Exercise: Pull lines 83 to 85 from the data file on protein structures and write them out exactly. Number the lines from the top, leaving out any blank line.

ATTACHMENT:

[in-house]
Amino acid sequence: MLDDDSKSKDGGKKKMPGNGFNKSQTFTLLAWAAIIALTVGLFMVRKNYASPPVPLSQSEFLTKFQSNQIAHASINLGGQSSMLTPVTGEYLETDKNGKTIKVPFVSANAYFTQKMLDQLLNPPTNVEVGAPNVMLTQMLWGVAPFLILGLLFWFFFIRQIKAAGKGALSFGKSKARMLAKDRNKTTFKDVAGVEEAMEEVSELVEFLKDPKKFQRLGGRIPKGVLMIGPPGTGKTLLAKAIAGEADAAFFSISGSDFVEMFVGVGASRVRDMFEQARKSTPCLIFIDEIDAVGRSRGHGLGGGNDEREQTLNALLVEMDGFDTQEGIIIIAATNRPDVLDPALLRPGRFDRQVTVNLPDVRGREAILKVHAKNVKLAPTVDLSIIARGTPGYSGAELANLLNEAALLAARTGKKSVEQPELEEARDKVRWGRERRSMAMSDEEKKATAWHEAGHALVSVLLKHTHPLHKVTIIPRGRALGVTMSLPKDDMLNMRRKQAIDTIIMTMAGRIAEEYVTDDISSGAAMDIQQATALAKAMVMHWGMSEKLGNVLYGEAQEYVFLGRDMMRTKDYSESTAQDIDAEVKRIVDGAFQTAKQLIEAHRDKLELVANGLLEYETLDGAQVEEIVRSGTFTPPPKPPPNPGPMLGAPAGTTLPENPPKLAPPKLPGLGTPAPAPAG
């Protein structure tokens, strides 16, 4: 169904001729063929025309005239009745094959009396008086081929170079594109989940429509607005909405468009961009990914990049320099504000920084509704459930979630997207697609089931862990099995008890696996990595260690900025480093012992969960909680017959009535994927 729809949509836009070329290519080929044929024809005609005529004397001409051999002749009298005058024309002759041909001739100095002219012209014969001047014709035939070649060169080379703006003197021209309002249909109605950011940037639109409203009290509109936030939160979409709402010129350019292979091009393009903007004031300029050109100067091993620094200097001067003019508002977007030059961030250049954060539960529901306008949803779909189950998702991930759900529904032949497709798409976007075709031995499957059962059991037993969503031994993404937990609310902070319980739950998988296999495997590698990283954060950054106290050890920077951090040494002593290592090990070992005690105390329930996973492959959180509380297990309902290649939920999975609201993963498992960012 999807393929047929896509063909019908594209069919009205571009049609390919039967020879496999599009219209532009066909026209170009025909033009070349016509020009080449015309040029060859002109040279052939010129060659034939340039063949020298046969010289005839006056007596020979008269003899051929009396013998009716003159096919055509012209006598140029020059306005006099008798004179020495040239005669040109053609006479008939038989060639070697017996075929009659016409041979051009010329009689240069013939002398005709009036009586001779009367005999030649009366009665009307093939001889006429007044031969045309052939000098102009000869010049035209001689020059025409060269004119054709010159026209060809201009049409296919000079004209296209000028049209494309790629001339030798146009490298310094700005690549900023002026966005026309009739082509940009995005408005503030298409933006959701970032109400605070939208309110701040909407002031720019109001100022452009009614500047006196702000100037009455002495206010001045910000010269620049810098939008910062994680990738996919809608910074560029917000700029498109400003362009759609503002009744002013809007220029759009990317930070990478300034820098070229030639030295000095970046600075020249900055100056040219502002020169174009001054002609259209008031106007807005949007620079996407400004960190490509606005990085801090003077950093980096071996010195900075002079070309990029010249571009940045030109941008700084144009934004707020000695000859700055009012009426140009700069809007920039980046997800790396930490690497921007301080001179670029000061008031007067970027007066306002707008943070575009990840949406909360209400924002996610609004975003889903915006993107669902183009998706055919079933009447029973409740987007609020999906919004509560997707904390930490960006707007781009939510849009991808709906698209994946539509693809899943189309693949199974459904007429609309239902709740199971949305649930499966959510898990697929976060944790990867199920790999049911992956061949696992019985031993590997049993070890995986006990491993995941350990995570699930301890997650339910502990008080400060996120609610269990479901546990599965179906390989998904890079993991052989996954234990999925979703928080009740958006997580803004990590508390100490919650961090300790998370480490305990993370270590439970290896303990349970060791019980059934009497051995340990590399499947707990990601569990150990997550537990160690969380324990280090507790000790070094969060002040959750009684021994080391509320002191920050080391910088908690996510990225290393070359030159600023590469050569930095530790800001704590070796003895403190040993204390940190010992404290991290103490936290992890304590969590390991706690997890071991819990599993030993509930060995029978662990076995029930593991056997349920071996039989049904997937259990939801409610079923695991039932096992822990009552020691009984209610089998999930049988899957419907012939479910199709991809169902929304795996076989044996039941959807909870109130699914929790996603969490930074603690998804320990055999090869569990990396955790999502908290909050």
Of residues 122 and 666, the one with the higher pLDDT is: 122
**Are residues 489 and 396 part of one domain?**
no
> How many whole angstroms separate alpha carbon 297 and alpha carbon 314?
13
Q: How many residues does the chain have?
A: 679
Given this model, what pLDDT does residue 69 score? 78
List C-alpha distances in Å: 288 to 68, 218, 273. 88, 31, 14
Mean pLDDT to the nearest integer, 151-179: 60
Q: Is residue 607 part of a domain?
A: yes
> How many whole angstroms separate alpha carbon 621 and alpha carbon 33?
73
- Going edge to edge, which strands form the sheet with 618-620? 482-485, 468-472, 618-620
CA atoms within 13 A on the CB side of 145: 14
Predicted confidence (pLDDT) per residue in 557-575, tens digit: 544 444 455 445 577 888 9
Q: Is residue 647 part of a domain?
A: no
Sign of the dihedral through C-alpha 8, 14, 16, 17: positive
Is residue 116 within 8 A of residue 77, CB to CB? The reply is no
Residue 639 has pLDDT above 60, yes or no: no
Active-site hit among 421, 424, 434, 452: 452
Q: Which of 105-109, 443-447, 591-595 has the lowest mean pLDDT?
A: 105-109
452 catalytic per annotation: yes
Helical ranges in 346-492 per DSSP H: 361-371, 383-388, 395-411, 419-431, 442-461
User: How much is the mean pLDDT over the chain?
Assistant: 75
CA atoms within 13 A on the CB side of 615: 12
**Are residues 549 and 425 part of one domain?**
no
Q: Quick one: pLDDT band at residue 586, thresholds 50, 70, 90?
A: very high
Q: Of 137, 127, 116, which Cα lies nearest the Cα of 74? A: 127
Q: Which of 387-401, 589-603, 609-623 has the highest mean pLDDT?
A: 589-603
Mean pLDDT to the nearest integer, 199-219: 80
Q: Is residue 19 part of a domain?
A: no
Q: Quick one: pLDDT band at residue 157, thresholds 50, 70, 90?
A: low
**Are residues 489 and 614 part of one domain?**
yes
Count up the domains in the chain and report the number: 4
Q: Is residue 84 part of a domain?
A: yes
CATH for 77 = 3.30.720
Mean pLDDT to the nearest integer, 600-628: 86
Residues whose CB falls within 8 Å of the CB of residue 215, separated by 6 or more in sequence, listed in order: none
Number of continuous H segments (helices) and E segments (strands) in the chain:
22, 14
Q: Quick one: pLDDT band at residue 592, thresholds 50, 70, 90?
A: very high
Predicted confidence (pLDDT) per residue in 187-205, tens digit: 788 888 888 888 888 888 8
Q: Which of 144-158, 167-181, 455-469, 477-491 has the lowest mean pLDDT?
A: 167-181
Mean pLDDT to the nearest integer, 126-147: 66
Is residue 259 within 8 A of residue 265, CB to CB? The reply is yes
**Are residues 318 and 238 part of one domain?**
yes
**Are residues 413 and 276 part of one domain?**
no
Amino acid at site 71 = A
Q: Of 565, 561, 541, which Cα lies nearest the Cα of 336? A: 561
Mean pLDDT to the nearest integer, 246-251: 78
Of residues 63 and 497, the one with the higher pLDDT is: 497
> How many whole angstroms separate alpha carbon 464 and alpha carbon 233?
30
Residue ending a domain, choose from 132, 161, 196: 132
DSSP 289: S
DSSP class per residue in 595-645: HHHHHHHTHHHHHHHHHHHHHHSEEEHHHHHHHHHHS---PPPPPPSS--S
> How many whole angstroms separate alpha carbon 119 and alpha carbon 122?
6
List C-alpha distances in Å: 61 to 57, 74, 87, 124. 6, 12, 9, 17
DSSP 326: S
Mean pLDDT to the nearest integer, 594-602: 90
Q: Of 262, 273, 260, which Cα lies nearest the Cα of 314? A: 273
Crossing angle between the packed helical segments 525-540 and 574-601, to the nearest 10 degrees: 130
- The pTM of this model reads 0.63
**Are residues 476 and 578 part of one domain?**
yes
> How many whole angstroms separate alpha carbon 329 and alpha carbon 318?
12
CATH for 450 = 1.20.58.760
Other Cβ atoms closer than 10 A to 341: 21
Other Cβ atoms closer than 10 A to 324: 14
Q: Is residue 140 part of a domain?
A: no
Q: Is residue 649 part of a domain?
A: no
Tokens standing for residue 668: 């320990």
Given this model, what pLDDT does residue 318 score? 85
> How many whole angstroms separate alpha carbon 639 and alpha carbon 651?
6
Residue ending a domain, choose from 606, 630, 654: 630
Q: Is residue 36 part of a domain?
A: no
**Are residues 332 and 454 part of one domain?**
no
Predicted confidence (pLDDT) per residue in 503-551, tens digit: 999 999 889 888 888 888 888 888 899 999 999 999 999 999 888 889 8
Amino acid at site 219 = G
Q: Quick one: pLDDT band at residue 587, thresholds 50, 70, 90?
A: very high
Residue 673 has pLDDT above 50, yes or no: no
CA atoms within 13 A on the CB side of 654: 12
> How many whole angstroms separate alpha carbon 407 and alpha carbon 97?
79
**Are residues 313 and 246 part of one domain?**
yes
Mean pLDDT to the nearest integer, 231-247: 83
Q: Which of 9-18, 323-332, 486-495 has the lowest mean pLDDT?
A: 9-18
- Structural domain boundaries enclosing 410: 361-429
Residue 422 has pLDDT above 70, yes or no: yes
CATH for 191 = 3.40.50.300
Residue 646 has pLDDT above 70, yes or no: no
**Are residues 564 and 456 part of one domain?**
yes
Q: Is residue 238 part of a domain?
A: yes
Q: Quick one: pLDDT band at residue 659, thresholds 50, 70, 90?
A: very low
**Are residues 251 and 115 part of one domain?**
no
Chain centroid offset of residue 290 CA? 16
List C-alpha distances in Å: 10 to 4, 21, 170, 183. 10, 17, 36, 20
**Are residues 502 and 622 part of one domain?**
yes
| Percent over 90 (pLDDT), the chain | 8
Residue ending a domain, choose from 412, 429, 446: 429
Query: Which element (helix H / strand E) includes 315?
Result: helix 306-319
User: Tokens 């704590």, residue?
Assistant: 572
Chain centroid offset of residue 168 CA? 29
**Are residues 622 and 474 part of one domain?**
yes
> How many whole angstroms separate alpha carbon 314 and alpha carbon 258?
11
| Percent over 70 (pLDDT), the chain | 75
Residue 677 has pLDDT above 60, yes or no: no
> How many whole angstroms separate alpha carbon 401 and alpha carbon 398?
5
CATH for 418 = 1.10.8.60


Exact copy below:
- The pTM of this model reads 0.63
**Are residues 476 and 578 part of one domain?**
yes